Outside agencies that depend on money from the Ellis County budget won’t take quite as bad a beating in 2021 as in 2020.


The Ellis County Commissioners on Monday evening said they plan to restore money that was cut in 2020 to some agencies, and for others will maintain the reduced levels, rather than cut more, for 2021.


“I think last year it was a very good exercise to reset expectations,” said Commission Chairman Butch Schlyer, during the commission’s regular meeting. “The county can’t be everything to everybody. It just can’t be.”


For its 2020 budget, the commissioners in 2019 cut outside agency funding requests by $123,000. They ended up giving $928,800 to 13 agencies, and eliminated funding for two.


The 2021 budget, while hit hard with a future loss of oil valuation, is buoyed a little by voter approval this month of a half-cent in countywide sales taxes. Sales tax proceeds over the next 10 years will generate an estimated $2.2 million annually for the county.


“I don’t think any of those outside agencies should look at further cuts,” said Schlyer, as the county begins to look at outside funding requests for 2021 over the next couple months.


“No, I don’t think so either,” said Commissioner Dustin Roths, referencing the sales tax election. “I think this was a statement from the people of Ellis County that they’d seen us do enough cutting. Hopefully (the agencies) can maintain and talk to us fully about what they need.”


Schlyer said he’d like to see funding restored to High Plains Mental Health, which was cut by $20,000 last year to $260,000.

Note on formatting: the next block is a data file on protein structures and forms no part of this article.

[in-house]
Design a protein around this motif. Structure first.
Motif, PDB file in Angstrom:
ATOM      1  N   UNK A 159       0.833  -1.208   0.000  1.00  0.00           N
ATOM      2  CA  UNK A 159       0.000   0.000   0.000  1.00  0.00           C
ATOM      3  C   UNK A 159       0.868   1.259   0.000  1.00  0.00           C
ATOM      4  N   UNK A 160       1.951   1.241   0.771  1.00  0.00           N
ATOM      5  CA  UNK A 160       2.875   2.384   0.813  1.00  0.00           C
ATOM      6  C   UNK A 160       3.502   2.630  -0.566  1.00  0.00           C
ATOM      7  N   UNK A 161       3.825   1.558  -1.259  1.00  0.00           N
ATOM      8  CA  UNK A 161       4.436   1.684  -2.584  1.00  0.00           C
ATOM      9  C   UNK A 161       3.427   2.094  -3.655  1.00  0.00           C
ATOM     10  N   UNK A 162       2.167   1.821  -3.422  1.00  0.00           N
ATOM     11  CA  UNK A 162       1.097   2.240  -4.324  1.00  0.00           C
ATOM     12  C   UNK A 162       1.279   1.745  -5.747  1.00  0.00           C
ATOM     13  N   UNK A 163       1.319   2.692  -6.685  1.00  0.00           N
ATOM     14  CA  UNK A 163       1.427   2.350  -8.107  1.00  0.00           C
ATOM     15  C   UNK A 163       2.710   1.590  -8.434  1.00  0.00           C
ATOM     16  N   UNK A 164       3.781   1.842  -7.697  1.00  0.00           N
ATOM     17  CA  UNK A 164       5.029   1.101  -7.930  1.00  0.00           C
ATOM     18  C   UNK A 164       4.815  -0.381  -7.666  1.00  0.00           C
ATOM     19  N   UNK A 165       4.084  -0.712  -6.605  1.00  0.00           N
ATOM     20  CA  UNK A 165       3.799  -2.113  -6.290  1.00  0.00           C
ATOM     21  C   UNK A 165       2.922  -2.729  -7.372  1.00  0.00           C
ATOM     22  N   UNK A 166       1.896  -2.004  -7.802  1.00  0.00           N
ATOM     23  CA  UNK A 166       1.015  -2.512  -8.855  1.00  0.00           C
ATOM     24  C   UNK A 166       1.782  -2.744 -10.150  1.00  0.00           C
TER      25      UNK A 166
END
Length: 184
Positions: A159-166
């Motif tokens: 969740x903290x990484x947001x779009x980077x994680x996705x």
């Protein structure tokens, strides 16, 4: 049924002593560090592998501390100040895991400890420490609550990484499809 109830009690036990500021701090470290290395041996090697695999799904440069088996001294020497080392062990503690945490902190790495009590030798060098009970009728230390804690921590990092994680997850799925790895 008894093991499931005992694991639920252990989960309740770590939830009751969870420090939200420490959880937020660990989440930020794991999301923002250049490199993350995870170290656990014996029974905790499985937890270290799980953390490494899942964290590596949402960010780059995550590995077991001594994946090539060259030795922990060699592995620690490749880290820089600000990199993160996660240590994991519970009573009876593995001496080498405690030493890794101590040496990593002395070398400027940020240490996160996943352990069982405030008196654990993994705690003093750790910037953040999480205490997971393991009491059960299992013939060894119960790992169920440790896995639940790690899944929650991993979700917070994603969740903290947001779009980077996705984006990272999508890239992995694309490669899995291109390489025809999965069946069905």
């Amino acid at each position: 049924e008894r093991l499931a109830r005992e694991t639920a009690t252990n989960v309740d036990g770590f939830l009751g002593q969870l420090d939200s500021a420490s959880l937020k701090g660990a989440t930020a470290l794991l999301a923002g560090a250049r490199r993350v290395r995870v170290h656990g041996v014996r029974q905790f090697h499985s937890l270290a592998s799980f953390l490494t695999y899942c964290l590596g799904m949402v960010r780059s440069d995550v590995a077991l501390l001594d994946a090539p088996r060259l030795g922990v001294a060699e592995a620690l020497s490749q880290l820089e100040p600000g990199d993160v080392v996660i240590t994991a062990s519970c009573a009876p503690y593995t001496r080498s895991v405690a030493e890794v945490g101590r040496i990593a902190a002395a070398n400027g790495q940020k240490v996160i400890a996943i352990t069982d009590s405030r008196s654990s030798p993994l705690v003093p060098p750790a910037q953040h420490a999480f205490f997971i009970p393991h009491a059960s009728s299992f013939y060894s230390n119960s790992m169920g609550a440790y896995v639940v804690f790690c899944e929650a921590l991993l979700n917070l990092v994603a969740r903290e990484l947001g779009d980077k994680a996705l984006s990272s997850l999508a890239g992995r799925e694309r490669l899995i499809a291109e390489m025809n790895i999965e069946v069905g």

“I think that’s very important,” he said of the agency that serves 20 counties in northwest Kansas. That money could come specifically from the quarter-cent sales tax dedicated to health services, said interim county administrator Darin Myers in the meeting at the Ellis County Administrative Center, 718 Main.


Schlyer also spoke for restoring money to the Ellis County Conservation District, which lost about $17,600, to get $72,250.


“I know the farmers really took a hit with that,” Schlyer said. “And probably I would like to see everybody else come in about the same.”


Commissioner Dean Haselhorst said he’d like to restore the $24,000 cut from Developmental Services of Northwest Kansas. The agency, which got $216,000 from the county, serves 551 intellectually disabled adults in an 18-county region, 34 percent of those in Ellis County. DSNWK in 2019 had a wait list of 125 people.


“I know in the past five years we’ve cut ‘em and cut ‘em and cut ‘em. I guess I’d like to see some of that possibly restored,” Haselhorst said.


“They do a lot for Ellis County and northwest Kansas,” he said, including for the county’s jail population.


Roths agreed with restoring money to both High Plains and DSNWK.


“The health tax was designed for mental health services,” he said.


Cutting DSNWK, he said, “was one of the tougher cuts that we made last year … we’re talking about at-risk in our community and that is definitely something I did not want to have to continue to do.”


He also spoke in favor of maintaining 2021 funding at 2020 levels for other agencies.


“The people have spoken,” Roths said. “Last year I think we took a lot of heat from people about what we had to do, but I think that now they realize that we were serious about it and that it was important. I think we’re in a good position, that was, as Butch said, a good exercise in frugality. And now we get an exercise in investment and planning. And planning will be super important over the next few years.”


“We don’t want to get into the position we’re spending everything we’re getting,” Haselhorst commented during the discussion.


“Absolutely not, we can’t do that,” Schlyer said. “This is only a 10-year deal. And the taxpayers will be watching.”


“Oh yeah, and they should,” Haselhorst said.


“Absolutely,” said Schlyer.


“If we don’t build unencumbered cash, plan, and invest in their infrastructure they’re not going to be happy with us,” Roths added.